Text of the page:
Just Babbeling On

I mentioned in the previous post I’d write about the learning methods I’ve been using for French. So today’s post is about an online course at Babbel I’ve been following for half a year. I’ve had some weeks when I did not use it, but all in all I’ve managed to stick with it quite well. I’ll try to get to the bottom of why it’s worked for me.

I’m not an expert on different online courses or language apps. I actually only tried Duolingo before. I know a lot of people who use Duolingo and have managed to actually get to a decent conversational level by using it. I tried it twice for basics of German, and also took a level test in French and tried some of the bit more advanced stuff.

For some reason, Duolingo was not for me. I got bored with the exercises, first of all. Even more importantly, I was annoyed by the system they had to encourage you to revise – the level bars that keep going down when you don’t practice. I guess a perfectionist like me just had to keep the bars full, and I found myself having to repeat the basics over and over again, even though I already knew them by heart. Finally, I got tired of sentences like “My pretty duck drinks juice”. I swear I do have a sense of humour, and Sh*t Duolingo says on Twitter really is a good laugh. And I know it’s a bit like reading a children’s book first, and that can be a great way to learn. But I don’t know, maybe I’d rather actually read the children’s books then. I just like to learn useful stuff.

Babbel I first found through their blog, where I really enjoyed reading some of the user portraits and “tips from polyglots how to learn any language” kind of stories. When I started to think following a course might really help me get some structure to my French learning, Babbel was the only one I had really read some experiences about, and I decided to test it. I liked the free trial – it’s free to test one lesson of each course, and there are several courses from beginners to intermediate, plus grammar, listening and speaking, and different themes, so you actually get to play around quite a bit before you need to make up your mind. To subscribe the courses, you have to pay a bit, but I think the price was very reasonable, you get access to all of the courses, and in the beginning, having paid money for it was a good motivator to really regularly use it.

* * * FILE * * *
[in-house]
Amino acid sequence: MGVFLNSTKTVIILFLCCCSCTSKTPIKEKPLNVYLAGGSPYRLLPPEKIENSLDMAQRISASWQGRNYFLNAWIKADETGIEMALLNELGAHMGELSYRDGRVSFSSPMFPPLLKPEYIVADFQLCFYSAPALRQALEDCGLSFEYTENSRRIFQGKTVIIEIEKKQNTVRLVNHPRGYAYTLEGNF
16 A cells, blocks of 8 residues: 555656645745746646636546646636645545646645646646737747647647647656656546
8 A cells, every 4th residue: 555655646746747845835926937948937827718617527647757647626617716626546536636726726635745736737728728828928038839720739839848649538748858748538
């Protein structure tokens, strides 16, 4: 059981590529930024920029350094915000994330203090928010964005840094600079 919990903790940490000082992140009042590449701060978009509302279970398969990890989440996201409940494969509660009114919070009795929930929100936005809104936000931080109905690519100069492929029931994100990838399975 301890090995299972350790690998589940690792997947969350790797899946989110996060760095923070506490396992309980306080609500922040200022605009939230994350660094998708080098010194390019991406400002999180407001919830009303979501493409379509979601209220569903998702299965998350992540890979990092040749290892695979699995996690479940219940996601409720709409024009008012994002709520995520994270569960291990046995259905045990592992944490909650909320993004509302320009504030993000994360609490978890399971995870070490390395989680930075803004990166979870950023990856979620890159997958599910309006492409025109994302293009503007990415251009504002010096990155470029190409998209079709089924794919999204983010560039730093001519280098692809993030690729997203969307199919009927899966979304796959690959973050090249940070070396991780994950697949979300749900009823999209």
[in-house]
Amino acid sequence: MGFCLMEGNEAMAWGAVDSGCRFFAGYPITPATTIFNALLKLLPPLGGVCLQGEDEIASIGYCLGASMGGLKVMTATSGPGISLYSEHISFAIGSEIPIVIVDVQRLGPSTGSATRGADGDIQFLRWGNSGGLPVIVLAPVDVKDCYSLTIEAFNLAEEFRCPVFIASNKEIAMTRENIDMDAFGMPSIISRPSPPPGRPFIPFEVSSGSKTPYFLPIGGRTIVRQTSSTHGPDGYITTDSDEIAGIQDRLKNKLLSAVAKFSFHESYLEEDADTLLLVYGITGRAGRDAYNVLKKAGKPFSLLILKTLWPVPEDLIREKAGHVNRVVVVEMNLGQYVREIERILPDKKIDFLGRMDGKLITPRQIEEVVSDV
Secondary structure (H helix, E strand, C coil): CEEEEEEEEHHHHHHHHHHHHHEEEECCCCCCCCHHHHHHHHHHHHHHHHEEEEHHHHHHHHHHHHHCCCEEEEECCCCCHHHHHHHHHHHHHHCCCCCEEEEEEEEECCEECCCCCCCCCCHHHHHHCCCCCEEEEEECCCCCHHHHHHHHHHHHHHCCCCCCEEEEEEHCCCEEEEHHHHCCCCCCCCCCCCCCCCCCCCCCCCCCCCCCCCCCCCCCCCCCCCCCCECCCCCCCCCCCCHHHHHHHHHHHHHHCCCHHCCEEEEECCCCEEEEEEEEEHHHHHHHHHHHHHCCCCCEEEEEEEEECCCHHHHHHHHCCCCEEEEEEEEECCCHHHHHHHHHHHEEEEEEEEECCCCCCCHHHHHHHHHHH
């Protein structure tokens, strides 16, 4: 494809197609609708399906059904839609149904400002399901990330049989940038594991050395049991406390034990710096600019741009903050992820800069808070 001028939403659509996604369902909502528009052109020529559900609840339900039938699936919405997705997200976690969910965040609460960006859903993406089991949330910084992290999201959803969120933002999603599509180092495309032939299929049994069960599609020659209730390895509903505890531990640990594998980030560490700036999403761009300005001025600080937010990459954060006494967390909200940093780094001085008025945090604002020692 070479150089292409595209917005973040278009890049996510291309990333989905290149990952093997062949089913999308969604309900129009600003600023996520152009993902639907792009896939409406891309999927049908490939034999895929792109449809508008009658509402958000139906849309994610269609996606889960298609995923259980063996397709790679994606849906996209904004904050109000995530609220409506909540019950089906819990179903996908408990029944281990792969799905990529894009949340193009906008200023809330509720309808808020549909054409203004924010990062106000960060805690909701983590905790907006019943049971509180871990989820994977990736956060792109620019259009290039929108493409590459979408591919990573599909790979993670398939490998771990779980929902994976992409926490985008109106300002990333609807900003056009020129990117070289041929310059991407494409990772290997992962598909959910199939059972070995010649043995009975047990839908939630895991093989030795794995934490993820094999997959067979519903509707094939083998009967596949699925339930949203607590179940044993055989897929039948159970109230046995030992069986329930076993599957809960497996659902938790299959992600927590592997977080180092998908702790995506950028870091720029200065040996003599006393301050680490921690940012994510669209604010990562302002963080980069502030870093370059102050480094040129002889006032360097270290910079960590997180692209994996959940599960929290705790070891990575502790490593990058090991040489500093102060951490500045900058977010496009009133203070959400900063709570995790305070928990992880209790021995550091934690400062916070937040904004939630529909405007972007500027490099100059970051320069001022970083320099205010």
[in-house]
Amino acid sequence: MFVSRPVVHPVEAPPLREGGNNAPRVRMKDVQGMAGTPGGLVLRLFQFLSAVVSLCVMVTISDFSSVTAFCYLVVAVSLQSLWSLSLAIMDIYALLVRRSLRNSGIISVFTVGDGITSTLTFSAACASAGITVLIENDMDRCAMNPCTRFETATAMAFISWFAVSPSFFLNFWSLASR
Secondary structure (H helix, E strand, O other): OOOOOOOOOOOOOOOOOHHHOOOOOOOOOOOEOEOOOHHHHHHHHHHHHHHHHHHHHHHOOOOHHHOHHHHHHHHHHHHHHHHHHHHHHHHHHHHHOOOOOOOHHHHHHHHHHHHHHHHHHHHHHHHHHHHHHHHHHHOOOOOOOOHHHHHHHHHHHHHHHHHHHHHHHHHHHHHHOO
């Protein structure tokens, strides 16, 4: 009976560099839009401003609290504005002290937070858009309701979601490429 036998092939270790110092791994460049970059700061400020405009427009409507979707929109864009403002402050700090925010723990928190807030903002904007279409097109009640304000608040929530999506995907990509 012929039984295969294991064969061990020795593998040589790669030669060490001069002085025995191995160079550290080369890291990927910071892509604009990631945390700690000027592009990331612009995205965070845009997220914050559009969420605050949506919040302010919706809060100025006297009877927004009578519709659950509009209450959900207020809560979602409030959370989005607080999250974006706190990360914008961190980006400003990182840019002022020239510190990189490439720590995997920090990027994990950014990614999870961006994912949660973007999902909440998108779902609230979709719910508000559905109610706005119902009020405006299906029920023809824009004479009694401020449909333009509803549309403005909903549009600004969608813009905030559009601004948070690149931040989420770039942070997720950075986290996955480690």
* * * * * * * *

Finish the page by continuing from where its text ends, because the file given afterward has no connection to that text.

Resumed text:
The exercises themselves are quite simple and in a way quite similar to Duolingo: lot of repetition, exercises for writing, speaking and listening, and you just learn a few new phrases per lesson. Somehow I still find them a lot less boring than Duolingo. Maybe it’s because they are more coherent. Each lesson includes a dialogue in the end, with a couple of characters discussing some issue, creating a clever little story. I already start guessing from the sentences introduced in the lesson what the dialogue is going to be about, and that keeps me interested throughout the lesson. For an occasional laugh, instead of ridiculous sentences, the dialogues often have a funny twist in the end.

The topics and phrases are mostly very everyday, and I often think: “Hey, I could really use that sentence!”, and get encouraged to imagine myself in a situation where I use it, maybe even change the phrase a bit to better fit my needs. I think that is very fruitful, because textbook/course-form of language learning always has the risk that you only learn the textbook phrases by heart, and don’t learn to apply them in real life.

My favourite thing on Babbel, however, is  certainly the Review manager. The vocabulary you learn on the exercises appears there, and you can revise with flashcards or writing – I always use the flashcards. The clever thing is, they tell you how the revise manager works: each time you get the phrase right on first attempt, it is moved to the next level and the revision interval gets longer. If you get it right on the second try, the interval stays the same, and if it takes more tries, the interval gets shorter. You can see which level all your vocabulary is on.

Review manager on Babbel

I find this very motivating. I can follow the progress of my vocabulary building up, and I know it makes sense how often I revise a phrase. The more difficult ones to learn will be revised more often, and the easy ones that already are in the long-term memory, will not cram the process and make me bored.

I often still spend a lot of time revising, and only take on a new lesson maybe once a week. However, I think this course has been very useful for my overall learning. It hasn’t perhaps taken my French to a new level, but it’s been great for defrosting what I already knew but had forgotten. I actually had already learned quite a lot of grammar, and building sentences and that kind of stuff, back in school. Babbel has also been a great basis for my other two learning media, audiobooks and Goldlisting, which both would be much less useful on their own.